August 10, 2023

What are “natural real estate” assets?

At WealthGreen, we’ve coined the term “natural real estate” assets to describe earth’s natural ecosystems.
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At WealthGreen, we’ve coined the term “natural real estate” assets to describe earth’s natural ecosystems.

To understand the significance what we mean by this, it's important to delve into the term "real estate". Real estate originates from the Latin word "res", meaning "thing", and "real" meaning "existing, true". In the context of WealthGreen, these natural real estate assets are real in the truest sense as they represent physical portions of the Earth.

Investing in natural real estate assets means that your investment is backed by the promise of protecting and restoring a tangible piece of the Earth. This not only includes the land itself but also the ecosystems it supports, such as forests, wetlands, and the biodiversity they contain.

Let's begin with an analogy: Imagine owning a house in a sought-after neighborhood. Instead of living in it, you decide to rent it out. People who desire to live in that neighborhood, but don't own a house, will pay you rent to occupy your property. Your house is a valuable asset, and people compensate you for the privilege of using it.

Similarly, forests and natural ecosystems serve as “natural real estate”. These aren't merely plots of land with trees; they are dynamic landscapes that actively remove carbon dioxide from the atmosphere, which is crucialin combating climate change.

At WealthGreen, we term these nature-based projects that generate carbon credits "natural real estate assets" because, in essence, companies are "paying rent" to ensure these forests remain intact. By acquiring carbon credits, corporations are compensating for the service these natural areas render in sequestering carbon – akin to tenants paying rent for a place to reside.  

Moreover, akin to real estate, location and scarcity are paramount. The amount of natural real estate, in the form of forests and other ecosystems, is finite. We can't simply conjure more forests. Conversely, demand is escalating. Companies are increasingly seeking to offset their carbon emissions to attain net-zero targets and require carbon credits for this purpose.

But there's more. Natural areas are coveted not solely for their carbon sequestration capacities but also for other activities such as mining, palm oil production, and timber harvesting. This additional demand intensifies the pressure on these natural real estate assets, rendering them even scarcer and, consequently, more valuable.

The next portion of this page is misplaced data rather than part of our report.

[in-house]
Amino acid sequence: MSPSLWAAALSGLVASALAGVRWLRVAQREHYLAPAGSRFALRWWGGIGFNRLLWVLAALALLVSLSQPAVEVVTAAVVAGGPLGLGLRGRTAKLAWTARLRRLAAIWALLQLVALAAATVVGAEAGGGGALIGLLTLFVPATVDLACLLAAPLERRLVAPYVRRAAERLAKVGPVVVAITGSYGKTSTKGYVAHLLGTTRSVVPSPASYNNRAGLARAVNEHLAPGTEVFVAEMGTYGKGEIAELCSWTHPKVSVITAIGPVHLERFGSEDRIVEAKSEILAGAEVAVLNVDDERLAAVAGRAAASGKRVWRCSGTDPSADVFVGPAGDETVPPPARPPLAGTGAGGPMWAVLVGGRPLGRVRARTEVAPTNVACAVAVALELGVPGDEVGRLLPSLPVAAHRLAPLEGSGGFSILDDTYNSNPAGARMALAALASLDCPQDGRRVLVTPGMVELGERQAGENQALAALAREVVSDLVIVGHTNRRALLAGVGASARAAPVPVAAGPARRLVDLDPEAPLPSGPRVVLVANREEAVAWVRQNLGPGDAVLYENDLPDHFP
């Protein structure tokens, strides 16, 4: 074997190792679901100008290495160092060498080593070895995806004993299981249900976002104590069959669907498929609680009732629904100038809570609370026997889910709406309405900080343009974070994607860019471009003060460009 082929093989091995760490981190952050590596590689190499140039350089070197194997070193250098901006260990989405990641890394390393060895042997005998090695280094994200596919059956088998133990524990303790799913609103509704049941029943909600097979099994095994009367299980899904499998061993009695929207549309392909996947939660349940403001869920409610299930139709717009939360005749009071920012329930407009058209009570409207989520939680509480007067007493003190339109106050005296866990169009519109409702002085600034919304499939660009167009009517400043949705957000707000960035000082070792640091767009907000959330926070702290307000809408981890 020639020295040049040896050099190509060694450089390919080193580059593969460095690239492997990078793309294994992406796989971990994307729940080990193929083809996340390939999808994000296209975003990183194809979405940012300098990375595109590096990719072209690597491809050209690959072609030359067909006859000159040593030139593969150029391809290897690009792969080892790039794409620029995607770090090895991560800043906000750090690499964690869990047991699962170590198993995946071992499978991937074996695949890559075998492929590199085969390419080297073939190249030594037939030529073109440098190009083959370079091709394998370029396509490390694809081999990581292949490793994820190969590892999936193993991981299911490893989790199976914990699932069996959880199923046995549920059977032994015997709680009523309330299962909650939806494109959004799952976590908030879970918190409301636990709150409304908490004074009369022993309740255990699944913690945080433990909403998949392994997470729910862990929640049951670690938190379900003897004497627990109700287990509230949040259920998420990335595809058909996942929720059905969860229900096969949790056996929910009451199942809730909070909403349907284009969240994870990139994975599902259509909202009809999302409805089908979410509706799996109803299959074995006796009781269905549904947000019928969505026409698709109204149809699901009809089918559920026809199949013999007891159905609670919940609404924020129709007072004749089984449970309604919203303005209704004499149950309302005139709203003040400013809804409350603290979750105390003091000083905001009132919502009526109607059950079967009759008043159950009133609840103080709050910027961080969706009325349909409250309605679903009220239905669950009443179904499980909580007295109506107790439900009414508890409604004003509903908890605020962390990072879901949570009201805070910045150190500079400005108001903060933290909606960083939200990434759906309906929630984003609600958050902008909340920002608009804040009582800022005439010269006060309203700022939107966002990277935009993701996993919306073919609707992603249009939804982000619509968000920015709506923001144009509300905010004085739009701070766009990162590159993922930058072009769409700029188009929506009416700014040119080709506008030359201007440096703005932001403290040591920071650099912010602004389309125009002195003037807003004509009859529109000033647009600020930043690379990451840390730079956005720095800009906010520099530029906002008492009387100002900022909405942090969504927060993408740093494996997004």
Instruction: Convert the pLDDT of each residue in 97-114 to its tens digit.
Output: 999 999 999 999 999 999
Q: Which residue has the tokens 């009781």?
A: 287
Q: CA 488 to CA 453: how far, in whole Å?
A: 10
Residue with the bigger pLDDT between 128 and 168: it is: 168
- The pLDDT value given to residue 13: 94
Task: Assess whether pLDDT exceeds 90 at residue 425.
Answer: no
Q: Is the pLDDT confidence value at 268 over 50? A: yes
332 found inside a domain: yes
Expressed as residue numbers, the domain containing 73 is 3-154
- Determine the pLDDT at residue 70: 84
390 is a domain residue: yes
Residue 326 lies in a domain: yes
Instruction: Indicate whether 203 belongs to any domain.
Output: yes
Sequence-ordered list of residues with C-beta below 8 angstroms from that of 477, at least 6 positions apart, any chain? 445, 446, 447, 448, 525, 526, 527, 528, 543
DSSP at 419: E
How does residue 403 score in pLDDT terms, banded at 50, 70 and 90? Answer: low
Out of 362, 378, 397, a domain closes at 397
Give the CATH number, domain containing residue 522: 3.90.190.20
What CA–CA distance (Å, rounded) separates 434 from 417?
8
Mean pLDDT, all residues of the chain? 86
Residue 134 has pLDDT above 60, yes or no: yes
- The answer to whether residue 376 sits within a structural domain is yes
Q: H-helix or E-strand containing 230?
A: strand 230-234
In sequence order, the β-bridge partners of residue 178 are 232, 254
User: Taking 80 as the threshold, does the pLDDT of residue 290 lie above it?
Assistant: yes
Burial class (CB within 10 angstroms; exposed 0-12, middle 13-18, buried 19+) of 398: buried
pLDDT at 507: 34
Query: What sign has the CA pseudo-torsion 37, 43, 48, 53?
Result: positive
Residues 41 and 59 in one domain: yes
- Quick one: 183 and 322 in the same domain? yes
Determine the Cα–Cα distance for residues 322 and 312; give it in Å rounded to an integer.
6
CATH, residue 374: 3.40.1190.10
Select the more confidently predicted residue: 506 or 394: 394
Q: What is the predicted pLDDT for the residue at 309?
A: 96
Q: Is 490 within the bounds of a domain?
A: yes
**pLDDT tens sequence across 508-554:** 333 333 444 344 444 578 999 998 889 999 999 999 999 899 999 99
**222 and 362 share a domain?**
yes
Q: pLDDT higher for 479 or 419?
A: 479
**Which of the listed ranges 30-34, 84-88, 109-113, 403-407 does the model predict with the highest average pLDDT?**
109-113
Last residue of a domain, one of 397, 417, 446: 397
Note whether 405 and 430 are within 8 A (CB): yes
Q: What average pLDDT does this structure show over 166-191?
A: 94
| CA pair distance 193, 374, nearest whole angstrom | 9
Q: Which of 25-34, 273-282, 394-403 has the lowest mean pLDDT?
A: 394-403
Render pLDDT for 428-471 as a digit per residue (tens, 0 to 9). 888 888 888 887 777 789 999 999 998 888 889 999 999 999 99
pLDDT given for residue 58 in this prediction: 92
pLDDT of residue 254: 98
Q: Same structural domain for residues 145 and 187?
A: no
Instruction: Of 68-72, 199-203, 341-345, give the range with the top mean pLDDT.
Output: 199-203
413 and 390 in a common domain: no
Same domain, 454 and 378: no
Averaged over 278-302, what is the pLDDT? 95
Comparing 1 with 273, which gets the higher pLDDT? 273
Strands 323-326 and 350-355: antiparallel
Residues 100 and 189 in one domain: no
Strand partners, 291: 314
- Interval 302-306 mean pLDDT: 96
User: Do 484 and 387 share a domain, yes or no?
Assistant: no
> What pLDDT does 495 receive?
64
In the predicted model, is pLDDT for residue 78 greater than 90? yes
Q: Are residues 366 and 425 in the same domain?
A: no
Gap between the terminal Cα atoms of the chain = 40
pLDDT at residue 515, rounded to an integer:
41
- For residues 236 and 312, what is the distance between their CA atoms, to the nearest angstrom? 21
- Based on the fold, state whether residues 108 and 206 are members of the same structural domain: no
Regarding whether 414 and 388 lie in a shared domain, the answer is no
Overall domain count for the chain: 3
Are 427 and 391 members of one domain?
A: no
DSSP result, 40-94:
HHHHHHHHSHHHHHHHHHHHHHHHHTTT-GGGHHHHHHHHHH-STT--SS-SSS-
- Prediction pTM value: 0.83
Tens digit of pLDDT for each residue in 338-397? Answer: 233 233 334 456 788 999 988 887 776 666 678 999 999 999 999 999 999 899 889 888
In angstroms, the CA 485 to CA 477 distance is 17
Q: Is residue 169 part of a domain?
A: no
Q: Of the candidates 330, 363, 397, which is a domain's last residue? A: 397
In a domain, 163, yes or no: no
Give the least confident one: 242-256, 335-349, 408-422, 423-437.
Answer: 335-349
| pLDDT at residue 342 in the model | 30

As supply dwindles and demand surges, the price of carbon credits derived from these natural real estate assets is on the rise, analogous to how rent might increase in an increasingly popular neighborhood or wherehousing is limited.Furthermore, it's essential to recognize that there are different types of natural real estate assets, which can be categorized based on the type of ecosystem and their methods of carbon sequestration:

  1. Forests and Afforestation Projects: These are perhaps the most common forms of natural real estate assets. They involve planting trees on land that has been deforested or degraded. Forests are likethe suburban houses of the natural real estate world – reliable and steady.
  2. Blue Carbon Ecosystems: This refers to carbon credits generated through the preservation of coastal ecosystems like mangroves, seagrasses, and salt marshes. These ecosystems are incredibly efficient at storing carbon. In the natural real estate analogy, think of blue carbon as the beachfront properties – limited in number but highly valuable. Their scarcity and higher carbon sequestration ability make blue carbon credits more expensive.
  3. Agroforestry and Sustainable Agriculture: These projects integrate trees into agricultural lands and practice sustainable farming methods to improve carbon sequestration. They can be seen as the community gardens and organic farms of the natural real estate market.
  4. Peatland Restoration and Conservation: Peatlands are wetlandsthat store immense amounts of carbon in their soil. Preserving and restoring them is critical. They can be seen as the luxury penthouses with extensive facilities in the natural real estate world –not very common, but highly valuable.

By investing in carbon credits from these diverse natural real estate assets, you're investing in the planet's vital capability to combat climate change. Similar to possessing real estate in a prime location, you’re owning a stake in Earth's inherent ability to purify the air, and companies are willing to pay for that increasingly scarce resource.

This new paradigm aligns profit with the planet, allowing investors to make a positive impact on the environment while potentially realizing financial gains. By reimagining the relationship between economic growth and environmental sustainability, investment in natural real estate assets can pave the way for a greener andmore prosperous future for all.

In conclusion, natural real estate assets present an innovative and sustainable investment opportunity that not only has the potential for financial returns but also contributes to the global fight against climate change. Like traditional real estate, natural real estate assets are limited in supply and can vary in value based on their type and efficacy in carbon sequestration. Through the responsible and transparent generation of carbon credits, these investments can support corporate sustainability goals, foster conservation efforts, and help drive the transition to a low-carbon economy.Remember, when investing in natural real estate assets, you’re not just owning a stake in a forest or a wetland; you're owning a piece of the planet's future, and that is a venture worth investing in.